Lap Dancer Wrongful Dismissal
Stringfellow‘s lap dancer Nadine Quashie said that they wrongfully dismissed her and so sought redress.
First of all a tribunal ruled that she was self-employed, then an appeals tribunal said she was not self-employed.
And now the appeal of the appeal said she actually was self-employed and the first appeal tribunal was wrong to overrule the first one anyway.
The judge put forward the main tests to see if it was a contract of service (employee) or a contract for services (self-employed).
Tests of Self Employment
His tests were:-
1. Control – Was Nadine in control of her work and how she performed it or were Stringfellows in control?
2. Part of the business – How much was she integrated into the business? Was she integral to the business or was she peripheral to it?
3. Was she an entrepreneur running her own business or was she effectively an employee?
4. Was there Mutuality of Obligation where the company had to provide work, Nadine had to do it and the company had to pay her regularly for that work?
According to the judge ‘The fact that the dancer took the economic risk is also a very powerful pointer against the contract being a contract of employment. Indeed, it is the basis of the economic reality test,’
He also took into account the fact that Stringfellows and Nadine had intended her to have a self-employed status at the start of the relationship.
Under the terms of the original contract she accepted that she was self employed and she operated on that basis.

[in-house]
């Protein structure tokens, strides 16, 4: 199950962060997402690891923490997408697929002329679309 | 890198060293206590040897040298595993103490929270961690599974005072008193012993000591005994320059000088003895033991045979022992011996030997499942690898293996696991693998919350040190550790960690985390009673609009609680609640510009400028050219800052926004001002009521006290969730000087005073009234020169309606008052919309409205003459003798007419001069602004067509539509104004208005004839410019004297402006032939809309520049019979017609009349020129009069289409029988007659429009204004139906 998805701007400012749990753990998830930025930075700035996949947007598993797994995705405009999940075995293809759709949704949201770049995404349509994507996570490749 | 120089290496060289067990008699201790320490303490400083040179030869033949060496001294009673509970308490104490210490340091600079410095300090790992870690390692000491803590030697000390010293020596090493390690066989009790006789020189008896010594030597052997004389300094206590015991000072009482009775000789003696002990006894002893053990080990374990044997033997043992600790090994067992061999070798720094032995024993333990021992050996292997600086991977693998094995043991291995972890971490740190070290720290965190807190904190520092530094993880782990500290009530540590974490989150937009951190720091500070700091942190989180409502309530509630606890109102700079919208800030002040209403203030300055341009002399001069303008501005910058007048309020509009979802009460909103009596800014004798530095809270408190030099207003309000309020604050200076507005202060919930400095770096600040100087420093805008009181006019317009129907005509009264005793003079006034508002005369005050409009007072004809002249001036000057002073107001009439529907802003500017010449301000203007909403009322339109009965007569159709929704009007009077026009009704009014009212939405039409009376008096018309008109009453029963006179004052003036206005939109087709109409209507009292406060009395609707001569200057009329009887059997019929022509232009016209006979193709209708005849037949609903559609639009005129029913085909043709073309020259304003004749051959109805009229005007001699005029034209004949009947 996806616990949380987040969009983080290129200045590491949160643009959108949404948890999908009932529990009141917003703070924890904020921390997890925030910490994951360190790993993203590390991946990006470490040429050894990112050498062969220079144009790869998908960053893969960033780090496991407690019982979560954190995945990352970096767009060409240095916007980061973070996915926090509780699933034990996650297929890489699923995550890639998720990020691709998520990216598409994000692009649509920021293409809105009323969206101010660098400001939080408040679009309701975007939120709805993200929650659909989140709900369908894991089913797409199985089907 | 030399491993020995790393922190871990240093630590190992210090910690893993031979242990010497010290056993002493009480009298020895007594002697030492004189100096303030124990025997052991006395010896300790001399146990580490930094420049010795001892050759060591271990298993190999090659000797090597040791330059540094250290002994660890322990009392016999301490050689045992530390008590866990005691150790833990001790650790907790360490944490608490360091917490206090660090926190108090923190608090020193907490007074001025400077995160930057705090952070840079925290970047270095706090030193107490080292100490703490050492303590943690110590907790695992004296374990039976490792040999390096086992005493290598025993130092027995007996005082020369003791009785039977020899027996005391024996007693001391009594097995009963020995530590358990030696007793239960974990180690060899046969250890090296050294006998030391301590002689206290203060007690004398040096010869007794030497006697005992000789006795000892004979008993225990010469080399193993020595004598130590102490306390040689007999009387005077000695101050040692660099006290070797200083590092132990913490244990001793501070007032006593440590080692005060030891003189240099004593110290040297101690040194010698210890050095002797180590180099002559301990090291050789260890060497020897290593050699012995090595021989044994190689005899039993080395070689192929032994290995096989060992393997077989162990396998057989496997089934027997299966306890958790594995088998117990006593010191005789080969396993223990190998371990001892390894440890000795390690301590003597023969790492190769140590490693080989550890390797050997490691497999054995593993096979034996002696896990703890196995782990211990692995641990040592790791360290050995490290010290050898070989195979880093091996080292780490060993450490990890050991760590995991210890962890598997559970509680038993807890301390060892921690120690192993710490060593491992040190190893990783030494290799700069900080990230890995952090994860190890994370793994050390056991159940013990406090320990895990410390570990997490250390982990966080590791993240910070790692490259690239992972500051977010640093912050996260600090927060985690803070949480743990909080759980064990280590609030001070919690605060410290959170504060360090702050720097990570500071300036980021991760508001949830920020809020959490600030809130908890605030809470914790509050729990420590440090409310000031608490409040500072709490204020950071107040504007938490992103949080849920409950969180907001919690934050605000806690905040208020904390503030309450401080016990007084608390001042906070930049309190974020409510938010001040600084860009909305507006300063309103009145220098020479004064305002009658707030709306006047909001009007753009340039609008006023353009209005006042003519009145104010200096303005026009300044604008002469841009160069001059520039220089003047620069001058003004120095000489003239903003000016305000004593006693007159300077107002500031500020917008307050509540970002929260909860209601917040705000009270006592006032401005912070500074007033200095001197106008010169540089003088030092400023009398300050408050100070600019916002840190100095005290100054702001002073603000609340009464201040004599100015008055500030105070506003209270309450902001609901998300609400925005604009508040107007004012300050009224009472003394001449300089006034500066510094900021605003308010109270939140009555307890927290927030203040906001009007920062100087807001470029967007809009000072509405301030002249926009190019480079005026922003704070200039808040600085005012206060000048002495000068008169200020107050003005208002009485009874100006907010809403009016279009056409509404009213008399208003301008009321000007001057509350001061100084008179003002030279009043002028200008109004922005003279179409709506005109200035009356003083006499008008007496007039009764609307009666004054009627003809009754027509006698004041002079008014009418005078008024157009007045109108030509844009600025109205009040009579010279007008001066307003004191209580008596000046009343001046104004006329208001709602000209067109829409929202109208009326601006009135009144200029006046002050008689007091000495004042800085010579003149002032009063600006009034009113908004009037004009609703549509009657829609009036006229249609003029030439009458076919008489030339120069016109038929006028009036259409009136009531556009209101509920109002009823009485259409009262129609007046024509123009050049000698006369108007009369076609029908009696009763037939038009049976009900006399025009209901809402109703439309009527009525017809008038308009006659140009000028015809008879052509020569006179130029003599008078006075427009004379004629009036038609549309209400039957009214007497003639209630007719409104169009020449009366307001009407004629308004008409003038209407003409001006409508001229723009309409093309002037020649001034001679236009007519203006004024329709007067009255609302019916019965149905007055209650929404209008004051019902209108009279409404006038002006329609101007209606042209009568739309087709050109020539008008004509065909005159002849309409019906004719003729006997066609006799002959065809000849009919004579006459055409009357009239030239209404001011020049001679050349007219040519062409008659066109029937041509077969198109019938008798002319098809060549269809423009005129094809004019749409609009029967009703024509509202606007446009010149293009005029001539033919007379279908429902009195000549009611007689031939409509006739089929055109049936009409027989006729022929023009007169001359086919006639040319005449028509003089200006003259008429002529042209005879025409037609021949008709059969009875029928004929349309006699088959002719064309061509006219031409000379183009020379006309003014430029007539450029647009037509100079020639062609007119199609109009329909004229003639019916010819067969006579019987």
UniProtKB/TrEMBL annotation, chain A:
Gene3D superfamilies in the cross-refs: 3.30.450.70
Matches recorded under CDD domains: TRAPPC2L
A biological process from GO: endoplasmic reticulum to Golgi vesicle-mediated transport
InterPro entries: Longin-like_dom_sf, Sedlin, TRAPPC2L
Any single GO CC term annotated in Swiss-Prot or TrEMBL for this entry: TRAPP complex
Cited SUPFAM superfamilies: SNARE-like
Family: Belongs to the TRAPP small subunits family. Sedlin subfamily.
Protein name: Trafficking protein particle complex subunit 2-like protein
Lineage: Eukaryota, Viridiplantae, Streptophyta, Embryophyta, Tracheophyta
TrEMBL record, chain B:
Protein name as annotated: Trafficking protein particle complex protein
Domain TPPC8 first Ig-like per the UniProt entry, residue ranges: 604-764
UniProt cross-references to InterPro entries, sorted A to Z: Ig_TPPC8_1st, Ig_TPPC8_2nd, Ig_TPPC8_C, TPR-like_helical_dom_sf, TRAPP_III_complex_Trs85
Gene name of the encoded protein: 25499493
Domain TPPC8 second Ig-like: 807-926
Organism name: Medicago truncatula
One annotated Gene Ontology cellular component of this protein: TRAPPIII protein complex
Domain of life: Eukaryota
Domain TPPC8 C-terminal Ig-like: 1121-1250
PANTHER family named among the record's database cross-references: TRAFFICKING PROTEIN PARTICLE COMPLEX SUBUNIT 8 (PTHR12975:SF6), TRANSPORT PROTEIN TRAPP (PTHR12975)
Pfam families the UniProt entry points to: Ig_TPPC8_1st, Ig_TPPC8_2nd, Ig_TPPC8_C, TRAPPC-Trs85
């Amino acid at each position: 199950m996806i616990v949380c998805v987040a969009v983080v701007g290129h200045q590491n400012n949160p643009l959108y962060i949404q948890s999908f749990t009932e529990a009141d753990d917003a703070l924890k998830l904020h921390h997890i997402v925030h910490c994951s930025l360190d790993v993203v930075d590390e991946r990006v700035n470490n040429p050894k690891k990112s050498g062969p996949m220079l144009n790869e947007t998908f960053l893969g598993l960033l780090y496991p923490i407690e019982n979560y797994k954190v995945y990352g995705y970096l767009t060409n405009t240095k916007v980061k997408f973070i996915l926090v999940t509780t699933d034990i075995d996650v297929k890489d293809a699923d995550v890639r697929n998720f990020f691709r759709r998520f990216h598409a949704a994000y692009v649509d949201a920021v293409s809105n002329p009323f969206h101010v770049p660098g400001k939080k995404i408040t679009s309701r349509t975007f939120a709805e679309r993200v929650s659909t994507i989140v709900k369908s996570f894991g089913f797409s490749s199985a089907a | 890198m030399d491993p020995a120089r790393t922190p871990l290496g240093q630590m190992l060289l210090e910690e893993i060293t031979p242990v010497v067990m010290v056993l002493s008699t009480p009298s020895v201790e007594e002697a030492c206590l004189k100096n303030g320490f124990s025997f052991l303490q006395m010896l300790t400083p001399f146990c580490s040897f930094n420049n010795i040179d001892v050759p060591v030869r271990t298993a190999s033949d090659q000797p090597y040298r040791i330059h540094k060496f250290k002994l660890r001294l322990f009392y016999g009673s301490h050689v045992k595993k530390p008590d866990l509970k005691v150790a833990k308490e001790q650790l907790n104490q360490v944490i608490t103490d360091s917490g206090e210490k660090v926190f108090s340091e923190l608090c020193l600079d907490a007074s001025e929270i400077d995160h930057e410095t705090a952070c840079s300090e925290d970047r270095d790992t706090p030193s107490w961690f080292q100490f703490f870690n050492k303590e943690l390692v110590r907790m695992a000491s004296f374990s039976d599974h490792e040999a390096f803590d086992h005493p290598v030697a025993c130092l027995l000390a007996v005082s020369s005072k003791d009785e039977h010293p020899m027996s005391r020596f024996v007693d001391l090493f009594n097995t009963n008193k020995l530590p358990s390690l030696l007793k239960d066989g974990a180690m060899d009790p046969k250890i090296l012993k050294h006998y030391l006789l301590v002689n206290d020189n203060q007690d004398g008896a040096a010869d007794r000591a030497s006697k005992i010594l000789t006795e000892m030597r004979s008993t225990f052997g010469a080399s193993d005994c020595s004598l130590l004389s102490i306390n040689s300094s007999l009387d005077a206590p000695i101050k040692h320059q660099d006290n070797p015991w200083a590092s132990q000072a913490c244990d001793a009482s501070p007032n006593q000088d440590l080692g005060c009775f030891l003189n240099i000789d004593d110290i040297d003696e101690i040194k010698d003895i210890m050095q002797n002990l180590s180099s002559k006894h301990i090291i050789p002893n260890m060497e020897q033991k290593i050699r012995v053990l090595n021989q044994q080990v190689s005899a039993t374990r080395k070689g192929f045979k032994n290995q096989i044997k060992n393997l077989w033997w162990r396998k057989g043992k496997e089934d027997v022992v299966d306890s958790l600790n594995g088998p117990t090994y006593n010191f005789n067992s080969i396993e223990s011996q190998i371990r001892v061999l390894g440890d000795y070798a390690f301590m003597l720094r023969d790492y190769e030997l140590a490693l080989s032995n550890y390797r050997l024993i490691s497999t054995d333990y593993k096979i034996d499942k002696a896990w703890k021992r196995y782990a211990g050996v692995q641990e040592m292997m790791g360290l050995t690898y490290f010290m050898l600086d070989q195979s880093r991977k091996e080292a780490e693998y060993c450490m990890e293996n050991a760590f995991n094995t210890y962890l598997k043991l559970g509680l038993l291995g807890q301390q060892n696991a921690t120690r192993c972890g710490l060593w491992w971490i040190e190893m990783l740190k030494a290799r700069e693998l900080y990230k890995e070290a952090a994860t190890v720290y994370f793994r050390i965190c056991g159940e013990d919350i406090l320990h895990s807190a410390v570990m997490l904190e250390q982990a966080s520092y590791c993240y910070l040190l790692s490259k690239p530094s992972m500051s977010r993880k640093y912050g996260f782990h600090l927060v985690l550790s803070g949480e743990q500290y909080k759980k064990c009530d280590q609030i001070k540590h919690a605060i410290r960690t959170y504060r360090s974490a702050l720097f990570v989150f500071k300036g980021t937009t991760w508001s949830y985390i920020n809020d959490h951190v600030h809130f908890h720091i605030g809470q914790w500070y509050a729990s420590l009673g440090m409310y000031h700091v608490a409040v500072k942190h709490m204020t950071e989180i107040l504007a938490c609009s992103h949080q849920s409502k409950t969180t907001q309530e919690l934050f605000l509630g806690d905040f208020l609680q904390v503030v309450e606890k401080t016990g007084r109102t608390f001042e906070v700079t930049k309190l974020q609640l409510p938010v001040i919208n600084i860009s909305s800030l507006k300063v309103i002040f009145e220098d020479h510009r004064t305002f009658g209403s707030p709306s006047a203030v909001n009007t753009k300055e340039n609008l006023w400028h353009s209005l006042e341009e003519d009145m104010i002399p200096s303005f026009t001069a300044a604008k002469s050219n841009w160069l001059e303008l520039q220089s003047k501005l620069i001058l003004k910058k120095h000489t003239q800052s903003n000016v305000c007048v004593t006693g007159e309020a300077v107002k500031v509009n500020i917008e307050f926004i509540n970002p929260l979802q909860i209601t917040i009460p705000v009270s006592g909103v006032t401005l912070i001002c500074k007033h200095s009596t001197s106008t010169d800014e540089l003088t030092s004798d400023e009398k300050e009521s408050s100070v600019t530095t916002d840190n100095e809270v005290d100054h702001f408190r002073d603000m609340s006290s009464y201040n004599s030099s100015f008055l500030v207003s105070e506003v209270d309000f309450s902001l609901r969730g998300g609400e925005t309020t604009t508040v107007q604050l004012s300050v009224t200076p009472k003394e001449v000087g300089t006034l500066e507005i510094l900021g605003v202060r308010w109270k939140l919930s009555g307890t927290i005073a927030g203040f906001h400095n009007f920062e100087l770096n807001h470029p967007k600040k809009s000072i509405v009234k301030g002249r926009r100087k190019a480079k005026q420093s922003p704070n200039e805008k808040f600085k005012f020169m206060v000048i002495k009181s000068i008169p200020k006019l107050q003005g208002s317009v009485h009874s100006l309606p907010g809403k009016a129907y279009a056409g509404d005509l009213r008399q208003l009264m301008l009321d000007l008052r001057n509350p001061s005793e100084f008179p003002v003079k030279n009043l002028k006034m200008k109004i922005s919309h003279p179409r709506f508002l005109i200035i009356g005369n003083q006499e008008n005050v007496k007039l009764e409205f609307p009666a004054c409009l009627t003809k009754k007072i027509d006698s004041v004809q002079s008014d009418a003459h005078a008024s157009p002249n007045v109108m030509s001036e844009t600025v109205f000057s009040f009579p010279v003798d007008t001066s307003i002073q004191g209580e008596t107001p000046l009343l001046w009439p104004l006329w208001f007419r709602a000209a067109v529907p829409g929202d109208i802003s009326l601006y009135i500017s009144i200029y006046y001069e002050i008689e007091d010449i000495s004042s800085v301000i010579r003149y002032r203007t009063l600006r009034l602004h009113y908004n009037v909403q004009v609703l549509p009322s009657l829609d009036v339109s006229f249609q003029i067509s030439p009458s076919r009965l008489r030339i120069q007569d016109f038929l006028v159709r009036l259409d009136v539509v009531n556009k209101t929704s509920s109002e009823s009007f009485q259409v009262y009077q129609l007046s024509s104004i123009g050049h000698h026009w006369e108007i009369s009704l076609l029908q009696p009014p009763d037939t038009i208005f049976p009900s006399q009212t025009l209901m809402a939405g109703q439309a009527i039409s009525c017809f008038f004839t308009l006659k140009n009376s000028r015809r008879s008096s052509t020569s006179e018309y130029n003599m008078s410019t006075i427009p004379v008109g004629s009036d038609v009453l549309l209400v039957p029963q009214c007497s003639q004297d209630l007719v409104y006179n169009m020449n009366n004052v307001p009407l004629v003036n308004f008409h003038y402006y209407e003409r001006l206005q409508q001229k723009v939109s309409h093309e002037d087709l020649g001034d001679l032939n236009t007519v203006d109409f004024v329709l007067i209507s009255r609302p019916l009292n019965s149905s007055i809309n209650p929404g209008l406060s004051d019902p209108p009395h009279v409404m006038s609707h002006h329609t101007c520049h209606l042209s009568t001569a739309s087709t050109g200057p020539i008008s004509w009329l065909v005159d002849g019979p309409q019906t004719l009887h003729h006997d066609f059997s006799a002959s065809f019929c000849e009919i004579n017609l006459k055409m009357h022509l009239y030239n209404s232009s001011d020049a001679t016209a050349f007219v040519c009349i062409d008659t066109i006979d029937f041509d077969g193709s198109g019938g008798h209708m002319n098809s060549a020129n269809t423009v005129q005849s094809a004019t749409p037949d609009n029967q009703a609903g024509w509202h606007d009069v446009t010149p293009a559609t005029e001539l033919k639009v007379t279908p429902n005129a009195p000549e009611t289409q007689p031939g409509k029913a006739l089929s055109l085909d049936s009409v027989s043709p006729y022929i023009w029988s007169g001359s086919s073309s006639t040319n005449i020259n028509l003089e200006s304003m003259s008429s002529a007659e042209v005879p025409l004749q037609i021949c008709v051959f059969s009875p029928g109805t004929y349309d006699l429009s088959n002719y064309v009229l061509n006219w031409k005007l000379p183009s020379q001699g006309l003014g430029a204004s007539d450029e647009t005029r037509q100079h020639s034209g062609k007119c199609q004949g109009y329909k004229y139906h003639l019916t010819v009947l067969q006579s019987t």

So she was not entitled to holiday pay or sick pay and she didn‘t get it.
As a lap dancer, she was also responsible for her own tax.
Mutuality of Obligation
He said that there was Mutuality of Obligation but that was outweighed by other issues.
The judge said ‘In so far as the EAT was saying that the result would be the same even if the employer was merely providing the dancer with an opportunity to present her skills. Thats is essentially what the tribunal did find. I respectfully disagree.
‘Those mutual obligations would constitute a contract. However, they certainly would not compel the conclusion that it was a contract of employment.
‘For these reasons I would uphold the appeal.’
That‘s pretty good news for IT Contractors in respect of IR35.
That’s even though Nadine tried to be an employee the judge said she wasn‘t.
Good News for IT Contractors
So, the good news for IT Contractors is as follows:-
1. The judge, therefore, said that as Nadine took the economic risk that pointed to her being freelance.
2. He also said that although there was Mutuality of Obligation which showed that there was a contract he said that it was far from clear that his was a contract of service.
3. The fact that she didn‘t get holiday pay or sick pay pointed to her being self-employed.
4. The intention of the two parties that she would be self employed pointed to her being a genuine freelancer.
5. That she was responsible for paying her own tax was a pointer to her being freelance.
So it looks like Nadine the lap dancer has done IT Contractors a lot of favours here.